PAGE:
There Is A Tide In The Affairs Of Men…
It’s Tribe Time Now.
All sports fans, but especially Tribe fans, will enjoy this interview with America’s finest sportswriter Terry Pluto, who was my guest on the show before Monday’s game. (Audio here.)
I read Terrry’s book 2006 Dealing about the current Indians on the flight home yesterday. If the Indians put away the ALCS tomorrow or over the weekend, journalists covering the series will want to have it shipped overnight before the World Series begins. It is a wonderful read on how a championship ball club is built, and everyone in the Indians organization from owner Paul Dolan and GM Mark Shapiro and manager Eric Wedge was on the record with Pluto.
New media types: Enjoy this Cleveland Plain Dealer feature that links to other papers’/websites’ coverage, especially the Boston media. Pluto and I discussed the PD’s aggressive move towards the web:
HH: My theory that the Washingtonpost.com has been so successful, because they hired a sports guy to run it, Jim Brady, and he knows about breaking news, he knows about how…it’s the first thing you said in the first segment. If it’s tomorrow, it’s old. It’s over. Nobody cares about a game two days ago.
HH: And that his sensibilities are breaking news, as I think yours are, and I think the Plain Dealer may be figuring out that the heart of their internet audience is going to be their sports page.
TP: Well, I mean the interesting thing, Hugh, is that the Plain Dealer’s circulation actually went up about 1% a year ago. Now it’s not a lot, but compared to other papers… [# More #]
TP: …it’s there. And I do think with the people they have now, Susan Goldberg running the paper, and then they brought in Deborah Adams Simmons from the Akron Beacon Journal, my former editor there, along with Roy Hewitt who does sports, especially on the sports side, they’re going to put more stuff into sports. Look, sports, politics, I remember somebody once said you know what a lot of the blogs are? They’re commentary on commentary?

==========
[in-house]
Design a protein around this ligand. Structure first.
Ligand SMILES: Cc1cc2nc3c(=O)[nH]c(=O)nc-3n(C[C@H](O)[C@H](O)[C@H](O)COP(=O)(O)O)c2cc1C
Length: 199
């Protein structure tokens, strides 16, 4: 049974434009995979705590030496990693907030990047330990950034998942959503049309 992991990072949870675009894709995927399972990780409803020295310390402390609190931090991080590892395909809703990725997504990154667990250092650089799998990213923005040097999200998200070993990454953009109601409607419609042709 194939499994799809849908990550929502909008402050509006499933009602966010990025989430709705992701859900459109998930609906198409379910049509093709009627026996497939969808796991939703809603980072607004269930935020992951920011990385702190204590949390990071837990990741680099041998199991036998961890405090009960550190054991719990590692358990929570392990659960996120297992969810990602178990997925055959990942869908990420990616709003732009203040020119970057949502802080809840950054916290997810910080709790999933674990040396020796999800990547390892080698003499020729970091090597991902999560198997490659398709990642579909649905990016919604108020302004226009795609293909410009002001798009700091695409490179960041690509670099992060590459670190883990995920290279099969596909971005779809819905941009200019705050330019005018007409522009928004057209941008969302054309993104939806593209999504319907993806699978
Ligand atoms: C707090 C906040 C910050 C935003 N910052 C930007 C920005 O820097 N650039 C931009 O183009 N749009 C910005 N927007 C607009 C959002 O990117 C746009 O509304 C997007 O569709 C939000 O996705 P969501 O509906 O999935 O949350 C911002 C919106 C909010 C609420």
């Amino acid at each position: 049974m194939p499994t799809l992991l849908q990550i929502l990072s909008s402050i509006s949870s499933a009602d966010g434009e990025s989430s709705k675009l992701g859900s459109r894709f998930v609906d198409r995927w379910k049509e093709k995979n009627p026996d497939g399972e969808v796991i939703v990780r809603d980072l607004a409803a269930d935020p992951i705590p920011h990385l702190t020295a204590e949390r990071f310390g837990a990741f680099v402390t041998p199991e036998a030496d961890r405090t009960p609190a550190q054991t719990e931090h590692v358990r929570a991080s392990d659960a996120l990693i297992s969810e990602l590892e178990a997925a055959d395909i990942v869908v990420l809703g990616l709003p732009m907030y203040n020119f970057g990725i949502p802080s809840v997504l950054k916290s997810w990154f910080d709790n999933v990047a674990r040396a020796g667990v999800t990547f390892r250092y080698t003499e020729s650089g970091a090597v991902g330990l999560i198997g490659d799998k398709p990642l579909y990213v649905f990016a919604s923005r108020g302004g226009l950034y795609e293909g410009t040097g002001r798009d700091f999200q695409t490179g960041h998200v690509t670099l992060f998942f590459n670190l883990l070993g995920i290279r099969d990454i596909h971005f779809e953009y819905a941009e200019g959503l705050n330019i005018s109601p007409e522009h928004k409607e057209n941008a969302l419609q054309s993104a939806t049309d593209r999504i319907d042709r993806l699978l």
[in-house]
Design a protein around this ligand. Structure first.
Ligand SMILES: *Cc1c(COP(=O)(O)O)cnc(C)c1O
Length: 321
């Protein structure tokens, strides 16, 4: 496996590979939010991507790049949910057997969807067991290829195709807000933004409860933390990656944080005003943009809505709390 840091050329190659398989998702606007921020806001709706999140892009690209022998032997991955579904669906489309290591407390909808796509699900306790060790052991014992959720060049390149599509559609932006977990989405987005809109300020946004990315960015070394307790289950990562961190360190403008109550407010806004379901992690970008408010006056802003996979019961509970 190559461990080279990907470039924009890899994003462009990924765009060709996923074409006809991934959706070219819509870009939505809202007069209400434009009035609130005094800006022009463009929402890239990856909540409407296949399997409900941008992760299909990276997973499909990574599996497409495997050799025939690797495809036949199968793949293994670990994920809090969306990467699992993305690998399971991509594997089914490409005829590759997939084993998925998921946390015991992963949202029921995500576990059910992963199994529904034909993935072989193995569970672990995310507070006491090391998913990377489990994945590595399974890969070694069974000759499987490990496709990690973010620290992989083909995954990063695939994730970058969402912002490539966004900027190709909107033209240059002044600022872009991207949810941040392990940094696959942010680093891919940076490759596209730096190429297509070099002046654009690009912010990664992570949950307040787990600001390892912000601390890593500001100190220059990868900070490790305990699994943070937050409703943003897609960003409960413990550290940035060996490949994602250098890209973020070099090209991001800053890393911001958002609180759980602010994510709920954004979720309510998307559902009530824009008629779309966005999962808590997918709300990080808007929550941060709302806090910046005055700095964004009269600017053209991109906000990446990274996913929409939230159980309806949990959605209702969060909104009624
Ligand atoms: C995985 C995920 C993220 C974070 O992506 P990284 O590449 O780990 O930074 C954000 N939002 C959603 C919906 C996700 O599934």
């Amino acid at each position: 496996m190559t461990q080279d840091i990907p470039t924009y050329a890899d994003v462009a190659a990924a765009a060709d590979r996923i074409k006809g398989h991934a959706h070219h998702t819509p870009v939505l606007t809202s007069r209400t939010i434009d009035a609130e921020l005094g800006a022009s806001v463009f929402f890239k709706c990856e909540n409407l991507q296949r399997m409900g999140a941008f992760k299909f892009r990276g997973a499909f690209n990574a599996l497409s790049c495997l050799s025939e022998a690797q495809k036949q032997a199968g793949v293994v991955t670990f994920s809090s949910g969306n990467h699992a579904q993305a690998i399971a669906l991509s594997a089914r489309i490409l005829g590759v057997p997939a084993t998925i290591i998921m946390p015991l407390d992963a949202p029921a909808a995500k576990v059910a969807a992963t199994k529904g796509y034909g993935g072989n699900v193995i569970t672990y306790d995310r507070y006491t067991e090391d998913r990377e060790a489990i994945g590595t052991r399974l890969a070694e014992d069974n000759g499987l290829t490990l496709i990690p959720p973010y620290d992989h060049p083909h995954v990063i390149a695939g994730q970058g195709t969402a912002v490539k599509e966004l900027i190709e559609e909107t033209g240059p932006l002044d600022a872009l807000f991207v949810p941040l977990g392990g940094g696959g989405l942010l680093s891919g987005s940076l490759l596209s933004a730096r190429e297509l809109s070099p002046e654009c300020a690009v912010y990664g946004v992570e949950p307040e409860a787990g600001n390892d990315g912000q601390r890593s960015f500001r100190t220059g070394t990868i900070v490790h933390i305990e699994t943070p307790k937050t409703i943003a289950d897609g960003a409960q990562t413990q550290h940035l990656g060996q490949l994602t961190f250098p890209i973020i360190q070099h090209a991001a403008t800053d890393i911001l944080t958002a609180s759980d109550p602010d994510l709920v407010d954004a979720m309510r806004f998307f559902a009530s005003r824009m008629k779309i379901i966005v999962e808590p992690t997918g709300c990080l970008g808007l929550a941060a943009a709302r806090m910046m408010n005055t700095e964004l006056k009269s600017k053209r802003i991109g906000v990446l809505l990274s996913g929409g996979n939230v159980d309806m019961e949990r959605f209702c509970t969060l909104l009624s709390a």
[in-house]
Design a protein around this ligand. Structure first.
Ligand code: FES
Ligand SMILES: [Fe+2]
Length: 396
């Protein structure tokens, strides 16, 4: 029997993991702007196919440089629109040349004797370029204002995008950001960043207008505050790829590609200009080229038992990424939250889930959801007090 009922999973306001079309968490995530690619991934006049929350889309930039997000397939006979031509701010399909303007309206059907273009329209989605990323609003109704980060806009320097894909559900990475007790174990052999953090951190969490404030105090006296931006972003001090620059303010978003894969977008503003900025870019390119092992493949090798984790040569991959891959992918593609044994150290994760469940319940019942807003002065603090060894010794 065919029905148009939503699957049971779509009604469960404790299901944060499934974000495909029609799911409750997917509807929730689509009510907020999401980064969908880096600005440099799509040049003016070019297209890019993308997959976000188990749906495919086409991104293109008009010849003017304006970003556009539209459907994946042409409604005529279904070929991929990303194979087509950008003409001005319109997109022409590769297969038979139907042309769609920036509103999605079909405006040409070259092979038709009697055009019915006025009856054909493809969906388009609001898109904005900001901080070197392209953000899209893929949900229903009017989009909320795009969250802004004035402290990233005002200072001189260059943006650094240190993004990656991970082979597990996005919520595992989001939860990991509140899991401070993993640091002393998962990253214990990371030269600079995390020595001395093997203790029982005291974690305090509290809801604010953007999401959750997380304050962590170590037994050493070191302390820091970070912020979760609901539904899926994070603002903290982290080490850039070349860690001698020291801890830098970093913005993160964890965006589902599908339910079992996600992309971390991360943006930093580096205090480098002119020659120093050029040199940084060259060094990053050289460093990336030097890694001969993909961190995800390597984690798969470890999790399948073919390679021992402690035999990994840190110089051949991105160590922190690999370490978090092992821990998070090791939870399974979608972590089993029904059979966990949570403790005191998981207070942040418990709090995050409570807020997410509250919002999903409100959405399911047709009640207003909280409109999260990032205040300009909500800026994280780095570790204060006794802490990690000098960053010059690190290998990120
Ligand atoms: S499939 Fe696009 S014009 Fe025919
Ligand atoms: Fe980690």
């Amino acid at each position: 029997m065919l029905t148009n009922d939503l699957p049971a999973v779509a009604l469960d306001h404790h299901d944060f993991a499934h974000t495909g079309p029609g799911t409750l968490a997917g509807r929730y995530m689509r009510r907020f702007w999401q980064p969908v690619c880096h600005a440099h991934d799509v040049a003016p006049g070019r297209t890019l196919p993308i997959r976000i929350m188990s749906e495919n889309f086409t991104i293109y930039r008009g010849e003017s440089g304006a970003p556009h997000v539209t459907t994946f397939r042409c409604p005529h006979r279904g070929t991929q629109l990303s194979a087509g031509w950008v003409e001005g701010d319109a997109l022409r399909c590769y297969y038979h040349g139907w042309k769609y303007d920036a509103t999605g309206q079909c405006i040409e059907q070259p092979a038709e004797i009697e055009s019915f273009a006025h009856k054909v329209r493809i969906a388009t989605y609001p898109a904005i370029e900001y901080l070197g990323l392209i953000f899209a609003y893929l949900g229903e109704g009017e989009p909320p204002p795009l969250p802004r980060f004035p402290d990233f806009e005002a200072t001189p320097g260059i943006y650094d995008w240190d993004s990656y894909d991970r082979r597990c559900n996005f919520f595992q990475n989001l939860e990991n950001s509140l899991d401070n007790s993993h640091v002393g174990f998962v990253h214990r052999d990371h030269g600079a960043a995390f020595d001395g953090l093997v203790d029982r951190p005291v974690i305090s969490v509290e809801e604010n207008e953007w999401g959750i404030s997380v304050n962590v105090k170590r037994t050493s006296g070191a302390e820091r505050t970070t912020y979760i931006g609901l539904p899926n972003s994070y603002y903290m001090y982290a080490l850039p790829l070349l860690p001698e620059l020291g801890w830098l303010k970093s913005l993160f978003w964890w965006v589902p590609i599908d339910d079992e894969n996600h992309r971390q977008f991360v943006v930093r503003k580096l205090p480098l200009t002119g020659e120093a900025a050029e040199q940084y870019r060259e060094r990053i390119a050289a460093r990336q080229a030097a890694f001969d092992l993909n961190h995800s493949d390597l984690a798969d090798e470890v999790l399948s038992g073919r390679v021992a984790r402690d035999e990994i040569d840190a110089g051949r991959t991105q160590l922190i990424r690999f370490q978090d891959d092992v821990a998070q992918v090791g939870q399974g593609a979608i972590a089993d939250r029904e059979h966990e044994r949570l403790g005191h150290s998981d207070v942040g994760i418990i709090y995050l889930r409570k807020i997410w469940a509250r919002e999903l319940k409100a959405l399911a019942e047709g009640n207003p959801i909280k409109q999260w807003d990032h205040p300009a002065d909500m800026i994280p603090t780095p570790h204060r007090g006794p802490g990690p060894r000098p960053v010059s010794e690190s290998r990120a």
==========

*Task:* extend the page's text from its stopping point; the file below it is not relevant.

TP: I mean, they’ve read something somewhere that just angered them in the New York Times, or Pluto’s an idiot here…
TP: And that just starts it off. Well, we want to stay out in front so that we’re driving the commentary on commentary. Now you’ve got to think about it differently, and frankly, you have to write stuff that people can read….
HH: Terry, during the break, I want to go back to what it’s like to be a sportswriter. But you were saying the Plain Dealer is surfing this technological revolution, and they’re throwing more and more online. Not many newspapers are getting this yet.
TP: Well, if you want to survive, you do. And I think here’s one of the advantages of being in a town like Cleveland, where we’ve lost industry, and we’ve had to keep reinventing ourselves. I mean, in a sense, we’re almost like the Indians pitcher Paul Byrd who has to keep reinventing yourself, you know, come through injuries or whatever. You can’t just sit there and say I’m in New York, or I’m in Washington, and I’m in Los Angeles, and people are just going to come to me and read my paper, because I’m the L.A. Times, so genuflect and kiss my knee. You know, you can’t do that in Cleveland. And the remarkable thing is the other night, the game ended at 1:38 in the morning, when the Indians beat the Red Sox. The papers that went to our immediate seven county area all had the score in it.